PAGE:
"well regulated" in the terminology applied to the military and militia meant "well turned out" and "fully equipped" it did not have the current "ruled" - "regulatory" meaning typical today.
The militia was any able bodied free male (white in cases) etc, in today's world all citizens. The militia specifically was not the organized military, it was the citizenry.

This moves us to a section frequently misused and improperly defined, "a free state," any understanding of the term that uses it to signify a governmental body is deliberately misusing English. These were highly literate and very careful authors, they said exactly what they meant to say, a free state - an indefinite article and no capitalization during a period of "over capitalization." This is of huge significance when the dependent clause "A well...state," is applied to the independent clause "the right..." because the operative noun in the independent clause is the "people." The entire dependent clause is referential to "the people." It is a "free state" of the people, it is a militia of the people, it is a guarantee that the people will have the ability to secure that free state through an un-infringed right to keep and bear arms. It probably is not necessary for this discussion to go through the definitions of arms applicable at the time, other than to note that they would be carried by a single individual, cannons, etc are precluded.

This is the starting point of ANY discussion of the Second, the beginning and its meaning. As with all rights they are not absolute in their application, famously, shouting "Fire!" in a crowded theater. This recognition is one of universal inevitable disastrous outcome with no countervailing value to the individual or people. Fully automatic weapons due to their "spray and pray" characteristics virtually guarantee problems with general availability. Sawed-off shotguns are a fact of law, I believe probably challengeable, but of questionable value to challenge. Their military function is undeniable, their value in self-defense is undeniable, their use in criminal endeavors is minimal. There is little chance of change in that regard and frankly other than as a matter of principle I see little point in pursuing it. Side arms and long guns are of universal military application so we'll stay there.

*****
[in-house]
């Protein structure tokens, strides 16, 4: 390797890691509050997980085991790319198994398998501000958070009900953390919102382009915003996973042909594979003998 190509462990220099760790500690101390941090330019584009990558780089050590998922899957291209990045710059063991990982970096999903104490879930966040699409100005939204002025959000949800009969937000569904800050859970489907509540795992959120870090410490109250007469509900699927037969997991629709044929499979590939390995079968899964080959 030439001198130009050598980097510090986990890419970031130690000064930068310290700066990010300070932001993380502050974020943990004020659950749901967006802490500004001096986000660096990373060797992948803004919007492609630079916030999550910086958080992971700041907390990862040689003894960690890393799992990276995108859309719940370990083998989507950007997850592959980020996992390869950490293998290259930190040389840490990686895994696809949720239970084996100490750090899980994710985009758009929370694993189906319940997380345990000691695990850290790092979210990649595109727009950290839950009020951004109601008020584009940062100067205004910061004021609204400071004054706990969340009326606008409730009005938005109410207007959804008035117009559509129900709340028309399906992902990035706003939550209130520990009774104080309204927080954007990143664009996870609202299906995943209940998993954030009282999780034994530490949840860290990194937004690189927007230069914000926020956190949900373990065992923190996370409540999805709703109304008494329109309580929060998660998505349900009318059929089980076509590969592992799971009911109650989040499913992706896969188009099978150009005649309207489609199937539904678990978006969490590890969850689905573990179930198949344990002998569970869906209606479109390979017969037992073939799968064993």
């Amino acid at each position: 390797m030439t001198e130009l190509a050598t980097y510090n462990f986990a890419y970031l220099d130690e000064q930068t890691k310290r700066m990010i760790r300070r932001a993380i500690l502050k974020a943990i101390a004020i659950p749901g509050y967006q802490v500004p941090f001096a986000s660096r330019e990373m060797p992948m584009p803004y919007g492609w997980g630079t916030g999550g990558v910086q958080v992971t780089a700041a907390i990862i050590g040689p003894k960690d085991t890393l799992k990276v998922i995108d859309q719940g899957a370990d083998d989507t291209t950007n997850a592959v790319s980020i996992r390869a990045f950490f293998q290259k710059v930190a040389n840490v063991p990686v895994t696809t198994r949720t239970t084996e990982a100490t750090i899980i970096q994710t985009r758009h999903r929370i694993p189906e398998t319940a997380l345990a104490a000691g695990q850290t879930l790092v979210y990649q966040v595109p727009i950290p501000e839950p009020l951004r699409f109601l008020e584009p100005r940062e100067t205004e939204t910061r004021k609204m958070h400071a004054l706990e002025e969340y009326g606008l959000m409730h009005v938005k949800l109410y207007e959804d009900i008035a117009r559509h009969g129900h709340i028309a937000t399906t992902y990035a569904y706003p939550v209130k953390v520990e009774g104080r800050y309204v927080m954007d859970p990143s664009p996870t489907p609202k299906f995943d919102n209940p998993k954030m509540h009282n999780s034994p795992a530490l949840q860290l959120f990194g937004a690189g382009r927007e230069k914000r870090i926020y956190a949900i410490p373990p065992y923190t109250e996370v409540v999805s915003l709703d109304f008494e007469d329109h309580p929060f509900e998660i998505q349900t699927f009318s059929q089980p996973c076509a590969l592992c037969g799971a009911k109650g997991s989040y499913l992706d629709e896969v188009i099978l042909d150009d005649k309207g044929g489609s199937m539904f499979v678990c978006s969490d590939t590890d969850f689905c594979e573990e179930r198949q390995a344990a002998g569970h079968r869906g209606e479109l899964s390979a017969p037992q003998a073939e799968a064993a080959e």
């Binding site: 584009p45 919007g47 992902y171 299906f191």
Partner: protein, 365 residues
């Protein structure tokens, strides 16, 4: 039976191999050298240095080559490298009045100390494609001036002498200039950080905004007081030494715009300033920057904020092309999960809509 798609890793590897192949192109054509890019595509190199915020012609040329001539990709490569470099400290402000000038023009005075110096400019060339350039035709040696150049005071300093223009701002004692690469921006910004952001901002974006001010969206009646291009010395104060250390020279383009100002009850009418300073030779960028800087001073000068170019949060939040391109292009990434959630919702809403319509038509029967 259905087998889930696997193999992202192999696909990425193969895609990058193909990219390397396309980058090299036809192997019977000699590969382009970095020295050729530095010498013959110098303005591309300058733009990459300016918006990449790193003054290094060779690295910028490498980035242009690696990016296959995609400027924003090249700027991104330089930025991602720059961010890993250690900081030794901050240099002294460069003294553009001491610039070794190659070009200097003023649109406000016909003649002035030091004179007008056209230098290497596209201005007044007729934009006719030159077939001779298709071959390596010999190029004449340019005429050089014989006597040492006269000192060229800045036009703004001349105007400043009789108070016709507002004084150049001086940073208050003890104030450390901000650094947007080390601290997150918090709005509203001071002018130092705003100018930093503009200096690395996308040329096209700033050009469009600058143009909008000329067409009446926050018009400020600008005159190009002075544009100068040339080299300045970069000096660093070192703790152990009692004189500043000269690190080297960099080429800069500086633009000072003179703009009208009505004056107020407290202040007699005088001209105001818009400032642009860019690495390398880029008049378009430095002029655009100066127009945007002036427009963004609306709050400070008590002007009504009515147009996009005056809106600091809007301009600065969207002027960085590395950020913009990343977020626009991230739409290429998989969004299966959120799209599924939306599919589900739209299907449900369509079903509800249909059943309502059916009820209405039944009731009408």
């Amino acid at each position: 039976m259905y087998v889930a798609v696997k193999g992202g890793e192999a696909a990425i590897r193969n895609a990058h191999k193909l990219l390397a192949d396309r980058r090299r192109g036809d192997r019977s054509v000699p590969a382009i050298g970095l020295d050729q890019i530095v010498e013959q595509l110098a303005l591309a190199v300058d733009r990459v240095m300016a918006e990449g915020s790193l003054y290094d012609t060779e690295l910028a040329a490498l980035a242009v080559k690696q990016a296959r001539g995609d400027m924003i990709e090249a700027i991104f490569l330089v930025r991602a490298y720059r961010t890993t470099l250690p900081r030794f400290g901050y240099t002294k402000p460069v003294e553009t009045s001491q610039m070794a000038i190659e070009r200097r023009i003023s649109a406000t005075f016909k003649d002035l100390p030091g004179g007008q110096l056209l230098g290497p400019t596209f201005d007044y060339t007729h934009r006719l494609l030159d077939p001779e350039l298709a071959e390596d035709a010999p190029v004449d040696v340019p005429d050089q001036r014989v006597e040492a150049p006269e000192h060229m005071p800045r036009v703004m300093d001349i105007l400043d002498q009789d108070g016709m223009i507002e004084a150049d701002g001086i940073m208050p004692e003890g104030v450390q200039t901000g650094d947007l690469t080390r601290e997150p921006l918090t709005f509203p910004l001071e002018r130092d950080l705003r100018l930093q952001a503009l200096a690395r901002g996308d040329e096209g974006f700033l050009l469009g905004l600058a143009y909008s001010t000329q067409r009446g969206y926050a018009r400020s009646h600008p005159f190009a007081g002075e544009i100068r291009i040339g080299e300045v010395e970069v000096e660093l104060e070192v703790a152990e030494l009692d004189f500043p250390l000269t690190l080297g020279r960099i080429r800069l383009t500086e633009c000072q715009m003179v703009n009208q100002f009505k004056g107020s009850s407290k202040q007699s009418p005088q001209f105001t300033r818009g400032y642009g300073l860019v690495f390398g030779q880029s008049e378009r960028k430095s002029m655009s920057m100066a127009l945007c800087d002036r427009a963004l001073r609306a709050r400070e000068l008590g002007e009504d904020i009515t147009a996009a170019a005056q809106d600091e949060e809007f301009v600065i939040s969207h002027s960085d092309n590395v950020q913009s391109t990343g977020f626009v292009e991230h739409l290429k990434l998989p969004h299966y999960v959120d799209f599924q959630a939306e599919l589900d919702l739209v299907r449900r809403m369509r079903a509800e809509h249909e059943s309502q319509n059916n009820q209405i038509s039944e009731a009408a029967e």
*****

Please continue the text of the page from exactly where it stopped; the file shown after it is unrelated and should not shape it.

What about NY,NY? The Fourteenth Amendment clearly imposes the Rights of the Constitution on all jurisdictions. There are no exemptions or exclusions, so the 2nd applies in all cases in all places. (with regard to the "Fire" exceptions-courthouses, etc) NY, NY & DC, et al claim this exception, the problem is that they cannot prove it. They have made the emotional appeal to security and safety without regard to logic or facts. Those laws are blatantly un-Constitutional and unevenly applied - ie: wealth, power, & influence determine the outcome. Concealment of weapons without some sort of permitting process, legitimizing the practice, will have the catastrophic outcomes noted above, law enforcement and the general citizenry should have knowledge of armament in general terms or the security that such carry is approved of by the state. However, such permitting must be evenly applied and restrictive only in regards to lawfulness of usage, not wealth and influence. This applies to "instant background check," the check is that those who have abrogated their rights are not attempting to exercise such. The reason it is IBC is that any other process is an infringement; it is an attempt to unlawfully deny ownership to those lawfully entitled to such.

I'm sure I've left questions unanswered or raised some unaddressed. Huge volumes have been written on this subject, for instance the DOJ's analysis of the 2nd as an individual right vs collective runs over 100 pages with annotations. I've taken a shot at the whole thing in 2pgs.


Tuesday, February 13, 2007

Gun Owners Caucus Gets a Page on the DPO

The Democratic Party of Oregon website has a new look. Check them out over at:


You can read the DPO platform, by-laws, and other documents of interest. And while you're browsing over there, click on the menu for "Communities." One of the communities listed there is Democratic Gun Owners, our caucus:


They tell me an automated sign-up is in the works.